Summarise two theories of identity and compare their usefulness for explaining the real world issues discussed in chapter 1, 'Identities and diversity'.
The study of identity is primarily the study of 'who we are' and 'who we are not' in comparison to other people, what makes individuals and groups of individuals unique from each other is a very controversial issue. This essay will look at two theories that aim to address this issue, namely, the Psychosocial theory and the Social Identity Theory (SIT). Whilst examining these two theories this essay will also look at their relevance to some every day issues.
The view of Psychosocial theorists is one that identity is produced simultaneously by both personal and social factors. Psychoanalyst Erik Erikson was the first theorist to view identity this way, for Erikson identity consisted of 'a conscious sense of individual uniqueness, an unconscious striving for continuity and a solidarity with a groups ideas' (Erikson cited in Phoenix, 2007, p.53). He believed that a solid understanding of who we are, how we fit in to and are viewed by society forms a core identity, which in turn will create a sense of continuity. Erikson lived through two world wars during which many people feared for their lives. This heightened sense of mortality led to identity confusion. Hence Erikson believed that 'identity crisis' was prevalent at this time.
'Identity crisis' for Erikson was a certain period of time when some young people could not create a solid 'Ego Identity' (a clear understanding of oneself) and were confused and unable to commit to a certain path, the form that this crisis took would be socially and historically variable. This lack of a solid Ego identity Erikson termed as 'role diffusion'. Erikson believed that identity was an ongoing lifelong process through eight different progressive stages ranging from birth to late adulthood, each stage encapsulated many times of crisis and conflict which he saw as normative crisis and essential to the development of identity. Although he saw the period of adolescence as the most important stage, with the majority of adolescents achieving a solid Ego identity after a socially accepted period of trials, trying out various social roles in order to find their ideal path. 'It was abnormal to be normal during adolescence' (Freud cited in Phoenix, 2007, p.56) Erikson calls this period a 'Psychosocial Moratorium'.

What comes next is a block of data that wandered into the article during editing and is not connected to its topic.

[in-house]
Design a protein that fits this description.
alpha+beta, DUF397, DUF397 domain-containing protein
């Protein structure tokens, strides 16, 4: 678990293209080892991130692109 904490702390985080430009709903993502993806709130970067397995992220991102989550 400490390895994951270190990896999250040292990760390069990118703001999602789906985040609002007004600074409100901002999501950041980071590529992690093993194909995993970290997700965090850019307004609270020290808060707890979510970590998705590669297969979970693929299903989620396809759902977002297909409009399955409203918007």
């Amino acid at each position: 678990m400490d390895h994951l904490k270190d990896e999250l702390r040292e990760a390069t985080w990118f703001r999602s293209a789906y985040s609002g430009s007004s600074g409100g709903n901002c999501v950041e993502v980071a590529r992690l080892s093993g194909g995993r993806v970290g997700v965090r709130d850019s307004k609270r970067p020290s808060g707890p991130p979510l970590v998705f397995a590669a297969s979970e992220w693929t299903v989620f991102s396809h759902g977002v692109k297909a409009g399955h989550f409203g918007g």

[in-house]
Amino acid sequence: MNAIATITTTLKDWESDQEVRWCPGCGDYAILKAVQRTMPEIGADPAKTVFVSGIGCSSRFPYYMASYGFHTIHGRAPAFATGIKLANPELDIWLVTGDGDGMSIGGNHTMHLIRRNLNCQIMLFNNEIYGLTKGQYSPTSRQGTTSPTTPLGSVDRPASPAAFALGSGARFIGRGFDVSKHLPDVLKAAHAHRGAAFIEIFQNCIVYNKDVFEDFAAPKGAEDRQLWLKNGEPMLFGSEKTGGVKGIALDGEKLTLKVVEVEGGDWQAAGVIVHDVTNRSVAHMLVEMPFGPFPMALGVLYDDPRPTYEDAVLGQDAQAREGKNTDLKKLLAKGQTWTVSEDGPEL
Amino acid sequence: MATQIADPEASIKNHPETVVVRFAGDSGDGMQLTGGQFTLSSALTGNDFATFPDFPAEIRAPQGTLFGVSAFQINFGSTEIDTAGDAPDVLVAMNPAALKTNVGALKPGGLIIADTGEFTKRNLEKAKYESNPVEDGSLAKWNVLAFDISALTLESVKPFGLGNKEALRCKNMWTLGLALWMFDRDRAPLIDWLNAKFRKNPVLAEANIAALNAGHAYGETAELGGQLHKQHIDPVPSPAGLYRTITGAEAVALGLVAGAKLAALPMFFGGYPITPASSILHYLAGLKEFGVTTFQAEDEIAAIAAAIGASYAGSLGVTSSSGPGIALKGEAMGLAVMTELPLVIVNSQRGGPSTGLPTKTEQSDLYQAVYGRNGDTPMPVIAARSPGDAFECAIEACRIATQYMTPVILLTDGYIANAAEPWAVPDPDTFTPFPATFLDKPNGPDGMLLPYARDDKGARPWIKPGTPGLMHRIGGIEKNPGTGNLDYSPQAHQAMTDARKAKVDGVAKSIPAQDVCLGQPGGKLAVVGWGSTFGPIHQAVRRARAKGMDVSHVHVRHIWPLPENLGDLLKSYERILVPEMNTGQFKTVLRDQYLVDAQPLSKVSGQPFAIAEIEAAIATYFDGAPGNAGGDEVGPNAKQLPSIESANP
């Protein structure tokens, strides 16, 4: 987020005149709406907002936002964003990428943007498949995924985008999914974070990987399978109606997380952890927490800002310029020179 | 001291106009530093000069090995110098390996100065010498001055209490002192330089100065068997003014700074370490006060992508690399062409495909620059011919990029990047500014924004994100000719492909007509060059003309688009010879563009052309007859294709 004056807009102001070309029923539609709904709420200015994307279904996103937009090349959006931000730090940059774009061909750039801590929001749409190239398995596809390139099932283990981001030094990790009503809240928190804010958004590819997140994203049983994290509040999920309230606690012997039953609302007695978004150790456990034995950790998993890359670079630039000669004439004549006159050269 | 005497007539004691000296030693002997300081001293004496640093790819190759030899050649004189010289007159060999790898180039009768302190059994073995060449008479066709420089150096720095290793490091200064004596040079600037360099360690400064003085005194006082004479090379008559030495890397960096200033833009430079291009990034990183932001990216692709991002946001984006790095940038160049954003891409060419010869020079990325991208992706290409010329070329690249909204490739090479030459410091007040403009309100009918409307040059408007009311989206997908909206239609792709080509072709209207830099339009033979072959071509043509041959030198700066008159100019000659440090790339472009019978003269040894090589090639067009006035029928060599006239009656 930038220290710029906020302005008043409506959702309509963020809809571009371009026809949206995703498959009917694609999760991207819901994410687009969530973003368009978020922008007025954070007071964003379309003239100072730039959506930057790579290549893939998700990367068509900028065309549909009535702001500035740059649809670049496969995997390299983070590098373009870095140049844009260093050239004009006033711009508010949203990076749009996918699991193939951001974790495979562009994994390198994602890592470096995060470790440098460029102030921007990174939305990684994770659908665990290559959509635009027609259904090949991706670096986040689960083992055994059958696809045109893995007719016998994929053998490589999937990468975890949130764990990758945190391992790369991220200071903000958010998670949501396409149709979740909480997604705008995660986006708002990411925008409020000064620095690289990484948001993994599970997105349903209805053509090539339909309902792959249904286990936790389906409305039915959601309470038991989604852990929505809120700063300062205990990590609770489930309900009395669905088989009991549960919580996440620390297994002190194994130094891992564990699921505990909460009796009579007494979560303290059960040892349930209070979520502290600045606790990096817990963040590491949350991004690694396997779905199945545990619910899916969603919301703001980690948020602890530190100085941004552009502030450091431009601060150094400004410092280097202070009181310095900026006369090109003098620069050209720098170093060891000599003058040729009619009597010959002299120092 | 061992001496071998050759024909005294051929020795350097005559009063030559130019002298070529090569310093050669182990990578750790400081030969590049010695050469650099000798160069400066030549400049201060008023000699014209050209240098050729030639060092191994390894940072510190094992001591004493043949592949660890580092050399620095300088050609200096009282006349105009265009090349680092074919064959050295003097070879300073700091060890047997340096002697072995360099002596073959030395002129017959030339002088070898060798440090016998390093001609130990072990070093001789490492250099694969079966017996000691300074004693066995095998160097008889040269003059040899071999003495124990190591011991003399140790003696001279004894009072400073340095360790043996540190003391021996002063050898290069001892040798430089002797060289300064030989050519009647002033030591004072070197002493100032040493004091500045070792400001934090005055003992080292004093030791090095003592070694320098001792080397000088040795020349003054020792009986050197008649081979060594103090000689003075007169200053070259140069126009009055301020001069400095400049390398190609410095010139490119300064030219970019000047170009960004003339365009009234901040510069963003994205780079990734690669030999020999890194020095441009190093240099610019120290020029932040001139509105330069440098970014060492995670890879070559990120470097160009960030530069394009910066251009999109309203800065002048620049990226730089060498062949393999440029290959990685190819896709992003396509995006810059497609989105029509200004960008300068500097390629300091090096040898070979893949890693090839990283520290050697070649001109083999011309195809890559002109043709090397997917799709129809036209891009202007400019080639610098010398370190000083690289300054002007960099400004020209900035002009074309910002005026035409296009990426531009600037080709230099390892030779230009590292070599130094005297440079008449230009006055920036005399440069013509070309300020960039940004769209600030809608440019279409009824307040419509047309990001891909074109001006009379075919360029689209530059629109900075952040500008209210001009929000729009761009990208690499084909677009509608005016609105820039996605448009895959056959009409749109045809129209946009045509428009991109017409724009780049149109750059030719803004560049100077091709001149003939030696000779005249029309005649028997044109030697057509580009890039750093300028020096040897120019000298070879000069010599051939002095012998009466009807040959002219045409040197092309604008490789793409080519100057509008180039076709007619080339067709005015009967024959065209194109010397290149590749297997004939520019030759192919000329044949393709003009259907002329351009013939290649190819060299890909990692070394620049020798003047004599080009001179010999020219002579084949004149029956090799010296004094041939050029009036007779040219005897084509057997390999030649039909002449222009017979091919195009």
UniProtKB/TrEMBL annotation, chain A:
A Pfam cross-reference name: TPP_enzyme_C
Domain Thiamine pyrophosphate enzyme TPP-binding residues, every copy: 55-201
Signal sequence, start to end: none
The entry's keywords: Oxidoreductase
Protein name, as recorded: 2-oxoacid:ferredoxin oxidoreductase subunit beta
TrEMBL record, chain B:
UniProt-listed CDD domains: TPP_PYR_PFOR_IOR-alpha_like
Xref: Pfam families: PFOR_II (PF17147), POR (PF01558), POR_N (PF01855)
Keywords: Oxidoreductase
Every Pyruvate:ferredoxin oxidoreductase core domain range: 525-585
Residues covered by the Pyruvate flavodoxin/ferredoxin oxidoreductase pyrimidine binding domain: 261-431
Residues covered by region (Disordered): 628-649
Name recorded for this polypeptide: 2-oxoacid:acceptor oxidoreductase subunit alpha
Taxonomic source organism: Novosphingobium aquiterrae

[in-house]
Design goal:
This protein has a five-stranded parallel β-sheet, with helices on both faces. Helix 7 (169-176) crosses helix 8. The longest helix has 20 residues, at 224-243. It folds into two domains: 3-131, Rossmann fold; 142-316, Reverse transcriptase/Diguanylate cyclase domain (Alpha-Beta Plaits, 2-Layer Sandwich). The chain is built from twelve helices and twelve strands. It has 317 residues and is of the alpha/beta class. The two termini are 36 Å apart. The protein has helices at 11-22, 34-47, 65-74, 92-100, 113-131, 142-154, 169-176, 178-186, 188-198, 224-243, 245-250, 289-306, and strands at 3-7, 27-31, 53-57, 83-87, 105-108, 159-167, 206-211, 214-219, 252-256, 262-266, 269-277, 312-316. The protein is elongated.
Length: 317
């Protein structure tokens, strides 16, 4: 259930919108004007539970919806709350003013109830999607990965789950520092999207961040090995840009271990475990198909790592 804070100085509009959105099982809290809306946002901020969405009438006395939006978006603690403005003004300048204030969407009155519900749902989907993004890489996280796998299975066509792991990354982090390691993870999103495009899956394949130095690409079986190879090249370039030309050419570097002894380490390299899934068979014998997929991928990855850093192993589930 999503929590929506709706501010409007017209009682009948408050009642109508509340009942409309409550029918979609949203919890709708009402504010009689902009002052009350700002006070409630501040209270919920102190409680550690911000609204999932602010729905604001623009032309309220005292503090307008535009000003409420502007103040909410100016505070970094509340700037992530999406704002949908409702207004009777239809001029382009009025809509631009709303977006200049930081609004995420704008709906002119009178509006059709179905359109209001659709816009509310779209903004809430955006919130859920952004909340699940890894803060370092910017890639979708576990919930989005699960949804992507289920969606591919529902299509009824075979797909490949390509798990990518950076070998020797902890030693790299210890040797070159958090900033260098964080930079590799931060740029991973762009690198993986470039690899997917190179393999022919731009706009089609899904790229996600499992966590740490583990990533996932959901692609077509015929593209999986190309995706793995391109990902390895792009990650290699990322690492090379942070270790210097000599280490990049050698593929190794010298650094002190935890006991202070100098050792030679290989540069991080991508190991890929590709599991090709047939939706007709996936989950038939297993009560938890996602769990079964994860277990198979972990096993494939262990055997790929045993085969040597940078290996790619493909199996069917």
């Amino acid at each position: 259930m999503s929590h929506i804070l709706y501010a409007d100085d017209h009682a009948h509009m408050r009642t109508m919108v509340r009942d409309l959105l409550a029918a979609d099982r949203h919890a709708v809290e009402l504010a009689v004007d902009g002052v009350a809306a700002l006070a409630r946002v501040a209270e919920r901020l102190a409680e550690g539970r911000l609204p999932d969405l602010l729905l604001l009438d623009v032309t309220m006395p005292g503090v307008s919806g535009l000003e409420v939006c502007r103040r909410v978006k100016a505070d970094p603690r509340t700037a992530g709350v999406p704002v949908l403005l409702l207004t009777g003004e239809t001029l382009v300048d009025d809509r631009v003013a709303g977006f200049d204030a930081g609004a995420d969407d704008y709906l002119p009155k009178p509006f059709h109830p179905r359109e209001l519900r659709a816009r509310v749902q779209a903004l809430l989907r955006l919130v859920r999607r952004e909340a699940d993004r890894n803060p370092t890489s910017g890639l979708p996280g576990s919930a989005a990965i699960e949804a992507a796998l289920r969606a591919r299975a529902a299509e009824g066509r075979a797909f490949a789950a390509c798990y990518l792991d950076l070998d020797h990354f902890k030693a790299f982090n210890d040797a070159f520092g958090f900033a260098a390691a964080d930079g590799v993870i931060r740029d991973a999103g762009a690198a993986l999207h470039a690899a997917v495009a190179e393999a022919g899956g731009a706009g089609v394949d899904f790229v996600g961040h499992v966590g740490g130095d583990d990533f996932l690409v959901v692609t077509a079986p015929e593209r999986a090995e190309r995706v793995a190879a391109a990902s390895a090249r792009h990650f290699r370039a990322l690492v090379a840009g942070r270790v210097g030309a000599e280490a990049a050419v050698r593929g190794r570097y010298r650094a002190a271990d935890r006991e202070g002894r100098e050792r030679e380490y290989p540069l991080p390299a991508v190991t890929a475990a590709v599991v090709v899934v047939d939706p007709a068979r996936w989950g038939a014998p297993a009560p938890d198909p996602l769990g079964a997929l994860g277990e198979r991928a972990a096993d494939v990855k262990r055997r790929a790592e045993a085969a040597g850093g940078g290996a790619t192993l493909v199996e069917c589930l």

During this period of Psychosocial Moratorium Erikson viewed the solidarity of adolescents with groups and their ideas as important to identity, as young people struggle to find a niche in society they can often over identify with various groups. Within these groups the feelings against other groups ( outsiders ) can often become cruel or even violent if there is any threat to their sense of identity.
This identity battle between groups is addressed by the Social Identity Theory (SIT) which was developed by Psychologist Henri Tajfel. Unlike the work of Erikson, Tajfel concentrated more on the social than individual process of identity development. He considered the development of individual and group identity as being separate processes. Tajfel was a Jewish holocaust survivor, his experiences with the Nazi regime was the driving force of his studies, he wanted to know what it was that led to prejudice between different groups. Tajfel mainly focused his studies on trying to identify the minimum requirements needed in order to form group identities, which he did by studying the intergroup relations between minimal groups. These 'minimal groups' were a number of individuals with nothing really in common with each other, apart from the fact that they were categorized as being in the same group (ingroup), they also had no reason to oppose any individual or group outside their defined group (outgroup).
Tajfel found that the simple fact of being categorized within a group was enough to cause prejudice...
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